Early on Monday morning, General Nelson despatched an orderly from a cavalry company to the river with a message. The General waited in vain for an answer, and the day wore away without hearing from the messenger. General Nelson was furious, and directed, the following day, a search to be made for the orderly. He was, after some trouble, found, and taken immediately to headquarters. He was called upon for an account, and said, in a brief, off-hand manner, that when he got to the river, he found several thousand skulkers, and six hundred of these agreed to go into action if they could find a leader. The young cavalryman promptly offered himself, and as promptly led the men into the hottest of the fight. He reported to General Crittenden, was assigned a position which he maintained all day, losing from his impromptu command ten men killed and fifty wounded. The General was so well pleased with the young man and his gallant conduct, that he immediately sent his name to General Buell, and instead of being a private, he is now a commissioned officer.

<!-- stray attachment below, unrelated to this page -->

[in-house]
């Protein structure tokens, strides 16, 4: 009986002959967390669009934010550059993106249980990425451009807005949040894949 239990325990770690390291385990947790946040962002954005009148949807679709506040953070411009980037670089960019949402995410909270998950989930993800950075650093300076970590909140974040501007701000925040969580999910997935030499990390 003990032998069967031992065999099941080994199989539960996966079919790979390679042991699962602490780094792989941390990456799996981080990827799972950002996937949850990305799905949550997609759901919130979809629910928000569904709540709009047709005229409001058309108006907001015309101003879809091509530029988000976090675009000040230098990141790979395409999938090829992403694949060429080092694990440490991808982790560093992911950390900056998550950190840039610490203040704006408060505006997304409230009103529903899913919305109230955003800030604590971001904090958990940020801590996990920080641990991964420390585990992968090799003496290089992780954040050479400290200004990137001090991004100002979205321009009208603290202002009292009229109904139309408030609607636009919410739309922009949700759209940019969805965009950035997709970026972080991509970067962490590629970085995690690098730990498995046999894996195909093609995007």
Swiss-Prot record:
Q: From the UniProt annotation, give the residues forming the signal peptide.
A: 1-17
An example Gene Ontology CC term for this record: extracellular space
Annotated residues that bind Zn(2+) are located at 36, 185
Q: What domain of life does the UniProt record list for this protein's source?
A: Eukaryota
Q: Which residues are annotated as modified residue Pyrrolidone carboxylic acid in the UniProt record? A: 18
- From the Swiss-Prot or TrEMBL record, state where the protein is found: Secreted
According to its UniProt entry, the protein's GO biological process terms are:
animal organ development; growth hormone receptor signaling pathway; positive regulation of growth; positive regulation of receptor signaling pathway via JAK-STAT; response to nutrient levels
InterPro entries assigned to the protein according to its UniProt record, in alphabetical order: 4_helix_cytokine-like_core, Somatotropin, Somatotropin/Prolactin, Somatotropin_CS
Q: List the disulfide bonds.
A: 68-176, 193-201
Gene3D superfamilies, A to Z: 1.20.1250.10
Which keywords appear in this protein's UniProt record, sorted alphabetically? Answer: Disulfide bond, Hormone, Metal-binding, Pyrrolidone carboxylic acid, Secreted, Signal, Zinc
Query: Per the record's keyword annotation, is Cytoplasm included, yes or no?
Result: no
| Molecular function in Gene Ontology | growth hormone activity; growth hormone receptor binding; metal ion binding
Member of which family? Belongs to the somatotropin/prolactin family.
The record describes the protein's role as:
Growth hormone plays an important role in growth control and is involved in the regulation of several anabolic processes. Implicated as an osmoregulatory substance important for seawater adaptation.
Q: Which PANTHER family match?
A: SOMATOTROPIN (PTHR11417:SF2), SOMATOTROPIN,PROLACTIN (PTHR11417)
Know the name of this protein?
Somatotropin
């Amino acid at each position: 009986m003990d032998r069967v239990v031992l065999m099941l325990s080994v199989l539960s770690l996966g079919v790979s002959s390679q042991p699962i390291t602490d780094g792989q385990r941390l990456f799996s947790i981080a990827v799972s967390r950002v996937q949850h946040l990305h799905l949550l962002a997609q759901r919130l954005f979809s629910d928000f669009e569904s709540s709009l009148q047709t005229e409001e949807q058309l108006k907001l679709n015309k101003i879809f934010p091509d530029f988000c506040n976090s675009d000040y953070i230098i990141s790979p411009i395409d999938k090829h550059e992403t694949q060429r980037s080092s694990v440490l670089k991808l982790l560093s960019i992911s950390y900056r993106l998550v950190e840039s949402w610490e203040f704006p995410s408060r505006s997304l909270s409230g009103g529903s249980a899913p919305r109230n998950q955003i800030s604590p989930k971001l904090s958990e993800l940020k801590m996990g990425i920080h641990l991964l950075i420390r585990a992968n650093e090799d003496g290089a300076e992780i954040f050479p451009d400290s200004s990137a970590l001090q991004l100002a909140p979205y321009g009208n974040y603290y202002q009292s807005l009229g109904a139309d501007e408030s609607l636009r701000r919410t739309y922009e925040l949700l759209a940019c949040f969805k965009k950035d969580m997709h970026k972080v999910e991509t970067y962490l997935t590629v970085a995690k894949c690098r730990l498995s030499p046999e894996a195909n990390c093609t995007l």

A begrimed individual, face several shades blacker than the ace of spades, and continually deepening in color from a contact with powder, hurriedly ran up to Captain Pick Russell and asked for a few rounds of cartridges. “Give me some, for God’s sake, Captain; right down here I have a bully place, and every time I fire, down goes a secesher.” He was accommodated, and while the Captain was filling his cartridge-box, the fellow was loading his piece. After being supplied, he dashed to the left and disappeared in the woods. A roar of musketry in the direction he took was kept up all day, but whether he escaped or not has not been ascertained.
Originally posted 2009-08-04 05:18:01.